Reflections on the 2013 March for Life
Carrying the Cross Into Battle
There is a battle to be fought and WON, a battle for the unborn, a battle for Christ. The armor is heavy and uncomfortable, the journey is long and treacherous. Our efforts will be ignored, mocked and falsified. None of that matters, the battle continues and it must be WON. We will WIN, Christ is the Victor of that there is no doubt, but in the meanwhile we have to "soldier-up."
One perspective on an historci march for Life in 2013
Unfortunately, youthful passions often lack deep convictions.
A child born into the world just as the fateful decision of Roe vs. Wade was penned into history, my mother courageously chose life and would soon find herself raising me as a single parent. My Catholic grammar school base instilled in me the general sense of right and wrong, but missing were some core truths. And my experiences would present me with a very distorted picture of "reality." The annual March for Life, in protest of Roe/Wade didn't even exist to my knowledge at this time.
Blessed was I to be surrounded by my mother's parents and five siblings, so I always felt like a cherished member of a big family, but juxtaposed with this life was the one I witnessed with my father. Not that I want to discredit my father because in his defense he stuck around the periphery of my life. He loved me, but it has to be said that I was effected by the seeming glamor of a life lived for self. I watched the pursuit of love, time and time again with different partners. I understood myself as part of that pursuit, wanted when convenient.
So, when the hormones of my teenaged years revved into full gear, self destruction lie ahead.
The truths that I had espoused in that high school English class were too easily abandoned by the "thoughtful" opinions of the opposition. Surely, I knew good people, honest friends, friend's parents even, who testified to the necessity for choice, personal choice in all things. In fact, they presented choice as the mature stance to take. Since I was busy exercising my own personal, self destructive choice in various arenas of my personal life, that message felt empowering and it certainly fit in with the pursuit of self-satisfying love.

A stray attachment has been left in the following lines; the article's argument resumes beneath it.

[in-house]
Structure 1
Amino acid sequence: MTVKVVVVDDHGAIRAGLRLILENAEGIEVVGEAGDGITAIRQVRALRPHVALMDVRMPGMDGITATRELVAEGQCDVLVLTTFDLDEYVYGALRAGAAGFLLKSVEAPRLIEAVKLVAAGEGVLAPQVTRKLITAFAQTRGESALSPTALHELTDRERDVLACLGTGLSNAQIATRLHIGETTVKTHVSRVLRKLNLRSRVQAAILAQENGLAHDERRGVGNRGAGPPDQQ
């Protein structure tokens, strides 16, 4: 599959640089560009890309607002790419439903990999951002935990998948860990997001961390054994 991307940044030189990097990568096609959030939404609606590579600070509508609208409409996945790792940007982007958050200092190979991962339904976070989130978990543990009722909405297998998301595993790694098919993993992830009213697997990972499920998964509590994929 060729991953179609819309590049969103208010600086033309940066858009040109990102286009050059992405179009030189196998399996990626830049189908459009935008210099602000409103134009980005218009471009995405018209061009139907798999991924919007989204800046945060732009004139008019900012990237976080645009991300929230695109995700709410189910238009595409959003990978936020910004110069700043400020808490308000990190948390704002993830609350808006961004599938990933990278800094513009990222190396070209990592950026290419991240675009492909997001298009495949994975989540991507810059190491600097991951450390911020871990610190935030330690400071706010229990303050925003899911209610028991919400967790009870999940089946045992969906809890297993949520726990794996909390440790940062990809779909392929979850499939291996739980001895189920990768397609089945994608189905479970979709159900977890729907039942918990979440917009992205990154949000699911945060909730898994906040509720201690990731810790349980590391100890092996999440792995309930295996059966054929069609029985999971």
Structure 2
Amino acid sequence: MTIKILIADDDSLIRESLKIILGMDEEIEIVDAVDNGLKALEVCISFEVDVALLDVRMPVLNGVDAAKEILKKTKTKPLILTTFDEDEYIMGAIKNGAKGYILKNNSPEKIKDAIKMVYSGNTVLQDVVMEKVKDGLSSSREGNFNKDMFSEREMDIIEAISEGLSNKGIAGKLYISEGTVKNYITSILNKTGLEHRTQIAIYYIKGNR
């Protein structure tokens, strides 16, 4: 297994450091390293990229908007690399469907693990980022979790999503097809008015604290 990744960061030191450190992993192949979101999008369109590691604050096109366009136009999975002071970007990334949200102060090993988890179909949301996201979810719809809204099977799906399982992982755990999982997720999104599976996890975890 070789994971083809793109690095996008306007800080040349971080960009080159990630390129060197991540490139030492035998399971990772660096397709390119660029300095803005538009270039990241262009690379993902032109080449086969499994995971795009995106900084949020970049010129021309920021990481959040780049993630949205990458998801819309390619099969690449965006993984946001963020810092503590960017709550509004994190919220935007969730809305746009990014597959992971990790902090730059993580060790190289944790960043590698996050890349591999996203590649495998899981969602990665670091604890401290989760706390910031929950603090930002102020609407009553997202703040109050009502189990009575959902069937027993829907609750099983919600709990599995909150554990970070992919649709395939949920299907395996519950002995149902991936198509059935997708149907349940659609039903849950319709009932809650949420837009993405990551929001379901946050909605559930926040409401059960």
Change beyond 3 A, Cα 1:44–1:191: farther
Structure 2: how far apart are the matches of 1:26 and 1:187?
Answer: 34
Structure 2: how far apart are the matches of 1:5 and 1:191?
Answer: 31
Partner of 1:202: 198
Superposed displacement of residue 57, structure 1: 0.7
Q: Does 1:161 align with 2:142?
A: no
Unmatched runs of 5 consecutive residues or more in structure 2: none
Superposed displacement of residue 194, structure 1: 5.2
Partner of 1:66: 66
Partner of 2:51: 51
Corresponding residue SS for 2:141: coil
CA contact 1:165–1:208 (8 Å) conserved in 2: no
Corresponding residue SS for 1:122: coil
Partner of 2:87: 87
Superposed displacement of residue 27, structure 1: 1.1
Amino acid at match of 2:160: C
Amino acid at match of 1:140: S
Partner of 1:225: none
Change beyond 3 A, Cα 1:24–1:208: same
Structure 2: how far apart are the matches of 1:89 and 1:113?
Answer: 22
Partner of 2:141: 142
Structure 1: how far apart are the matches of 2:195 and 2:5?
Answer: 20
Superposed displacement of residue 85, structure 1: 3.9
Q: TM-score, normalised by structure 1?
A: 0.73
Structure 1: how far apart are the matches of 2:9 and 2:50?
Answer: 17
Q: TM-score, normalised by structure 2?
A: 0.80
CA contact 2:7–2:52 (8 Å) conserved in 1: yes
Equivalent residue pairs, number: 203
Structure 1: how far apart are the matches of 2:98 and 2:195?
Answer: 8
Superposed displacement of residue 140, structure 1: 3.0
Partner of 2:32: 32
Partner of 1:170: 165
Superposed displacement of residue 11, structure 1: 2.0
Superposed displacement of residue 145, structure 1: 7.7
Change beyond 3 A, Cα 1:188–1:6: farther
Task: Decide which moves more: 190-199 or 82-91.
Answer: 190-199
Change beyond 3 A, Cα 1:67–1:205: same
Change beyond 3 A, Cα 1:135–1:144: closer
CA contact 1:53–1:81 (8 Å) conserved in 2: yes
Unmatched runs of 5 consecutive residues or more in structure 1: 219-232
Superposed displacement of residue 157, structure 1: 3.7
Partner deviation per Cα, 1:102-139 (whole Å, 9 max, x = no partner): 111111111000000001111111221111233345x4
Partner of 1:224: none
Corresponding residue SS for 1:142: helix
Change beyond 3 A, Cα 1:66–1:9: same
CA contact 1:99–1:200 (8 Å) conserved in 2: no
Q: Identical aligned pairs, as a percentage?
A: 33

A good friend's mother even shared her own story of abortion when she, as a single mother to two already, became pregnant by a boyfriend. And how could I condemn friends, whom I loved, who felt pressured into aborting their firstborn children to satisfy parents, to hide their sin or just to save themselves from their worst fears? Standing against abortion became equated to condemnation and how could a good, mature Catholic condemn others whom they proclaimed to love?
As God has done time and time again throughout my life, He offered me glimpses of reality, not the personal "reality" of my ego, but the REALity of His creation. Young friends of mine chose life for their son in spite of the substantial obstacles before them. Brian, their baby, came into the world bearing so many crosses. Only a portion of his brain developed in utero and he routinely suffered seizures, he was the picture of innocence and beauty wrapped up in suffering, a new reality for me. Brian came home to the embrace of a family who loved him dearly. He spent his eleven months on earth swaddled in the arms of many. Bitter tears were shed at his funeral, as I lacked the understanding of the deep meaning of the Cross in my faith. Couple this experience with the "thoughtful" messages of the pro-life opposition and it is no wonder that I temporarily established myself in the pro-abort camp.
The world sells us the commercial image of perfect, pretty people satisfying their wants with stuff. Suffering and sacrifice don't sell. Happiness and its pursuit are the avenue to the endgame of self-satisfaction, honor and fortune. Of course, Christ lived, suffered and died to free us from this distortion, but the constant drone of the world seems to have all but drowned out His still, gentle voice.
By the grace of God, as my early twenties waned, my errors were corrected and my suppressed pro-life heart was fortified by truth. I will never forget the night, sitting alone in front of my computer screen, I stumbled upon the images of abortion. The Priests for Life website confronted me with the first graphic depictions of abortion. Weeping, I forced myself to look at those tiny babies and their brutally dismembered parts. Painful pictures, but somehow necessary, like the crucifix hanging in the forefront of every Catholic Church. Never again could my brain justify murder as a personal choice. Never again could I be duped into believing the pro-abort stance was an expression of love. I cried until my head ached and I sent an email thanking the website for opening my eyes, literally.
Consider the difference between the bare cross and the ...
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